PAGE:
When it comes to open houses, we simply have to stop doing those old fashioned ones. When conducting an Event Open House,I let attendees know when they walk in, the only purpose of the open house is to allow the visitor to decide if they want to schedule a more complete showing. PERIOD. No, there is no wandering around, opening cabinets or drawers. They are with event staffers and are shepherded through the home. 15 minutes and they are out! After all, how long does it take to know if the home is too big, too small or outside of their price range? It is at the event station or tent that all the real magic takes place. Open Houses, using this concept, are never conducted alone.
0 votes
Felix Hung, Agent, Huntington Beach, CA
Thu Sep 30, 2010
Phyllis, who provides this training? Do share...I'm curious.

Mack, well...it depends on your perspective. It used to be half a dozen televised crimes...now this year with the bad economy, it looks like activities have picked up. There was a case here in CA where an agent was killed two months ago, there were the two in Ohio in the news now...and another case I read about in the last few weeks when I was searching the news for something else.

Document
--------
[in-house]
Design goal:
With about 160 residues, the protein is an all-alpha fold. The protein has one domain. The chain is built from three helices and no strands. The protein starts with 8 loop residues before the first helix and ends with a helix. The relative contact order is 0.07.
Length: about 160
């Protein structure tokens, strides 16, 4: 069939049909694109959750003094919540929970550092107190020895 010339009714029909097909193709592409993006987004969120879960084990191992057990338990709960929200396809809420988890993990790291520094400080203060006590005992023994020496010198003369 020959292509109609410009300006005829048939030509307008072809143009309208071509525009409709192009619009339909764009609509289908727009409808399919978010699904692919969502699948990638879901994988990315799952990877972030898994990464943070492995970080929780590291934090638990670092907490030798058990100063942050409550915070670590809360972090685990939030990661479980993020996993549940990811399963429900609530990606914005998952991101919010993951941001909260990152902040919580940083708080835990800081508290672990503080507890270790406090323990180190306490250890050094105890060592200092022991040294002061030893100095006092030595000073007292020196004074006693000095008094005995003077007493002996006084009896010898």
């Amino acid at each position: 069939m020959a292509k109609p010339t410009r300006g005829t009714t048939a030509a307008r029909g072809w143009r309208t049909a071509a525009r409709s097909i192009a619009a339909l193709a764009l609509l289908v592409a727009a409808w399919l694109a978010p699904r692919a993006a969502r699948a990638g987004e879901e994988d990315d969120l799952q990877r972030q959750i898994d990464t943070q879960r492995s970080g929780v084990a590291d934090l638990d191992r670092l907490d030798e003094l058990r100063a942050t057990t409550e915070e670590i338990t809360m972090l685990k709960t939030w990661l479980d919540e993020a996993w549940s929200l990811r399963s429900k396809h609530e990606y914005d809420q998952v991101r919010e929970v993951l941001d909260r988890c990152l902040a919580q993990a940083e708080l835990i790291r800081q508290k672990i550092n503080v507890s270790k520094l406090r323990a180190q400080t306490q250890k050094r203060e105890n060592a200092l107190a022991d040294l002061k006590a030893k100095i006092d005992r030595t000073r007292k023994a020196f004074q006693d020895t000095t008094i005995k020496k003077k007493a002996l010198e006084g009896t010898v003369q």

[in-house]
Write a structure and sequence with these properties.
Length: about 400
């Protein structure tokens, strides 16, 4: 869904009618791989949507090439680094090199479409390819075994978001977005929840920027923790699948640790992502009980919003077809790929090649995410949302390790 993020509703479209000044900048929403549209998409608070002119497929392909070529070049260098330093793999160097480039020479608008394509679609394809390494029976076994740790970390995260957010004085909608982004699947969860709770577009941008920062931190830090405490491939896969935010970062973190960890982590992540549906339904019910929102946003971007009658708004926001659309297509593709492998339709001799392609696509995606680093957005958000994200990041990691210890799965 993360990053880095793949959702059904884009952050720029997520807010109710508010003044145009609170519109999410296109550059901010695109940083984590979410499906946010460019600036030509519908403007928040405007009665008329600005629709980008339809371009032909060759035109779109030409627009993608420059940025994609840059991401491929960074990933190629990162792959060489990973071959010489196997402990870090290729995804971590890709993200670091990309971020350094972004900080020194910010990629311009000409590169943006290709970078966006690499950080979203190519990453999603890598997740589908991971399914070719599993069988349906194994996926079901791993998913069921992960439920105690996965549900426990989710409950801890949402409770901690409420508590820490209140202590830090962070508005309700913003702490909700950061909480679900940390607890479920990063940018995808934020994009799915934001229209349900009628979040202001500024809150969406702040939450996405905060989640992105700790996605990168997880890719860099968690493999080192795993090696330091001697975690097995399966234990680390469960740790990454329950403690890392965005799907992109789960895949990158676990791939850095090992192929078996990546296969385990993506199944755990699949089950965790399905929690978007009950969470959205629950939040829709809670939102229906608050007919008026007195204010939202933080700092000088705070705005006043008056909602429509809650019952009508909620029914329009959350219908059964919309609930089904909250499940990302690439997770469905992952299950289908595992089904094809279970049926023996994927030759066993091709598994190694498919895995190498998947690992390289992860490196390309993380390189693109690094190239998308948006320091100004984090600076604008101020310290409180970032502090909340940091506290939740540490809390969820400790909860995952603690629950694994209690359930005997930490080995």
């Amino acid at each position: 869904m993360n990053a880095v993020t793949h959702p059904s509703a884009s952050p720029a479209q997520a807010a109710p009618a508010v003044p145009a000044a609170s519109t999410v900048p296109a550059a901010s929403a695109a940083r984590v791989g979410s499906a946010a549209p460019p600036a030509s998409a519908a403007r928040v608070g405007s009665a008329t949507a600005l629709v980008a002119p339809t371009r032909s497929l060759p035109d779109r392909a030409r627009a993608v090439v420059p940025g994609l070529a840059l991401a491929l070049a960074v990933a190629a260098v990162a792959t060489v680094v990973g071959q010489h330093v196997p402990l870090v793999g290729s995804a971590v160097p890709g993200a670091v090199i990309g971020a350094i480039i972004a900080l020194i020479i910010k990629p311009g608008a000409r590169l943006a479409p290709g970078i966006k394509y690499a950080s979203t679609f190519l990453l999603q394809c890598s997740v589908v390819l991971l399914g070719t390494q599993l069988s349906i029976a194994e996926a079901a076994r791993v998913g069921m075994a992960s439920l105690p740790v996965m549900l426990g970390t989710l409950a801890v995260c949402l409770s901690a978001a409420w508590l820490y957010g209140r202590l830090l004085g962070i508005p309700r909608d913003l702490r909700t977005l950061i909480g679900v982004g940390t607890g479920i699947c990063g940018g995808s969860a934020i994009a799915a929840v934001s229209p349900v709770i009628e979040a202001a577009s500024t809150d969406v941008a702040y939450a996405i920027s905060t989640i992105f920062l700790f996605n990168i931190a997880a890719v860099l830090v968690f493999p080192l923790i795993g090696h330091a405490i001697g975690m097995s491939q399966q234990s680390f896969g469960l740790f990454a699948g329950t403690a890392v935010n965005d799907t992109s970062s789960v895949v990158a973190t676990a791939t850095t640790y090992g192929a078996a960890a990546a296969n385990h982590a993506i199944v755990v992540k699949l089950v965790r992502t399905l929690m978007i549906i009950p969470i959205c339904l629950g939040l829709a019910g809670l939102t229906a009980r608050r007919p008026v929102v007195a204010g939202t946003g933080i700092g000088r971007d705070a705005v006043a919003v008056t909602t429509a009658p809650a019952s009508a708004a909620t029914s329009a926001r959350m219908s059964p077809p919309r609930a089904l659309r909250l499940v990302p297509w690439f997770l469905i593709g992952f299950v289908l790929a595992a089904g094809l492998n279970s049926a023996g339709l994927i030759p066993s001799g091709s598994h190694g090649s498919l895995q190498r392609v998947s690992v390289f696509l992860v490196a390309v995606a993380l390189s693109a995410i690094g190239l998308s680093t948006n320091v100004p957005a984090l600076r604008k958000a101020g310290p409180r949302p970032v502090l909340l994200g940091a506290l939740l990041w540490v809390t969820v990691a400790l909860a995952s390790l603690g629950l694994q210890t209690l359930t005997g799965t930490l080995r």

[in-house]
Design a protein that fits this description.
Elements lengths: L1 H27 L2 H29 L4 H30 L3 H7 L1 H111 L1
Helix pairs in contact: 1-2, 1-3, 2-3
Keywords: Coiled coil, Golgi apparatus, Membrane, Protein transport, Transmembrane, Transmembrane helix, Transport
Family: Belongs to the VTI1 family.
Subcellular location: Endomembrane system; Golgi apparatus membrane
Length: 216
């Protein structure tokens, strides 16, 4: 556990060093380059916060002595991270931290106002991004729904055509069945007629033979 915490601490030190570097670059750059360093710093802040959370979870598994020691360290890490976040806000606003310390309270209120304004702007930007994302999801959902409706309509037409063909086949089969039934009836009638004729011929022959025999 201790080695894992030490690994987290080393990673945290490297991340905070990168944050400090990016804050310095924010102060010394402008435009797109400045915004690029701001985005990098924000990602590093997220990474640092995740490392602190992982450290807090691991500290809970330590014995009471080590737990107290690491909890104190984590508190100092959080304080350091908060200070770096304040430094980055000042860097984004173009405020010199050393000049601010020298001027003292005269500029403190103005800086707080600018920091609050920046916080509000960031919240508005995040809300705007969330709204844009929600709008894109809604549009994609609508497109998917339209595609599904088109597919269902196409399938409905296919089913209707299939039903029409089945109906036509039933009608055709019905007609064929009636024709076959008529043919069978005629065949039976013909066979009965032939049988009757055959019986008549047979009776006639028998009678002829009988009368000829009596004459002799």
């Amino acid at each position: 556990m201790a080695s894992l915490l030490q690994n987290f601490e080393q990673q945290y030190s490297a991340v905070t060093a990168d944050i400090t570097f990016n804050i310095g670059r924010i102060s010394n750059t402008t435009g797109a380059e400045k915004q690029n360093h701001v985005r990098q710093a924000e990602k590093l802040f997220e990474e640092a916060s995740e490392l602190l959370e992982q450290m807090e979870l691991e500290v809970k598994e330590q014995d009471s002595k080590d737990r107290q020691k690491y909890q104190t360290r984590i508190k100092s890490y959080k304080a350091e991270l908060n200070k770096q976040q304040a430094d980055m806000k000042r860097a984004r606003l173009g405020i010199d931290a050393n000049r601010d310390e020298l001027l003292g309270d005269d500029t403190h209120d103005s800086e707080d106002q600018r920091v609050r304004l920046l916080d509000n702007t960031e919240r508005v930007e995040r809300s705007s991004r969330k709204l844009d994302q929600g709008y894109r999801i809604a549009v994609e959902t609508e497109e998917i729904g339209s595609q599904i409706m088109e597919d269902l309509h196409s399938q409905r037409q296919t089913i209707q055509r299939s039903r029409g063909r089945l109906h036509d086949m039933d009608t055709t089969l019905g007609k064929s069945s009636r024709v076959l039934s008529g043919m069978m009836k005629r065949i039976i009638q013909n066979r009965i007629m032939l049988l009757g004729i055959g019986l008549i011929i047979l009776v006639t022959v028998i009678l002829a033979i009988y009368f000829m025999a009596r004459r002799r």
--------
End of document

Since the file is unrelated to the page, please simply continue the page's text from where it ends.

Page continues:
Caroline, my military background makes me always cautious. Most times I'll have something in my hand that could be used as a weapon: pen, flashlight, umbrella.

In the instances I've heard of, they were all lookin' for an easy target.
0 votes
Caroline Choi, Agent, Los Angeles, CA
Thu Sep 30, 2010
Hi Felix, you know -- I do walk into some pretty scary houses sometimes, but I don't really do anything different, other than be cautious about my surroundings. Usually I'm not entering vacant homes without my clients, but if I am, I just try to be on heightened awareness about whether or not something feels out of place. If a door's wide open and it should be locked up -- definite red flag.

Best,
Caroline
0 votes
Phyllis McAr…, Agent, San mateo, CA
Thu Sep 30, 2010
Actually, we have training on many ways that scams take place, NONE of which have been posted here. The situations listed are small time rookie stuff compared to the real problems.

to assume we would give ideas/tips in these posts to would be bad guys would be rediculous.

Keep calm? Oh alright.......You try wearing panty hose and a pair of designer pumps to an open house AND watch your back. Did I mention it's really hot out and I have on a lovely silk suit?
0 votes
Mack McCoy, Agent, Seattle, WA
Thu Sep 30, 2010
Many? Really?

Let's try to keep calm, OK? And let's not give the bad guys any tips on how to catch us with our guard down, either!
0 votes
Felix Hung, Agent, Huntington Beach, CA
Thu Sep 30, 2010
Phyllis,

So you do all of that? I personally always have my clients walk in front of me - first meeting or after several dozen meetings and I am always conscious of the exits.

Also, with squatters in foreclosures, I used to carry a flashlight and was always cautious.

We're lucky here in CA for being able to show during daylight, but our colleagues in other parts of the country don't have that luxury of just showing homes during the day. In Washington State and on the east coast the sun sets at 4:30-5:30 in the winter time. Good tips, thanks for the response.
0 votes
Search Advice
Search
Ask our community a question

Email me when…

Learn more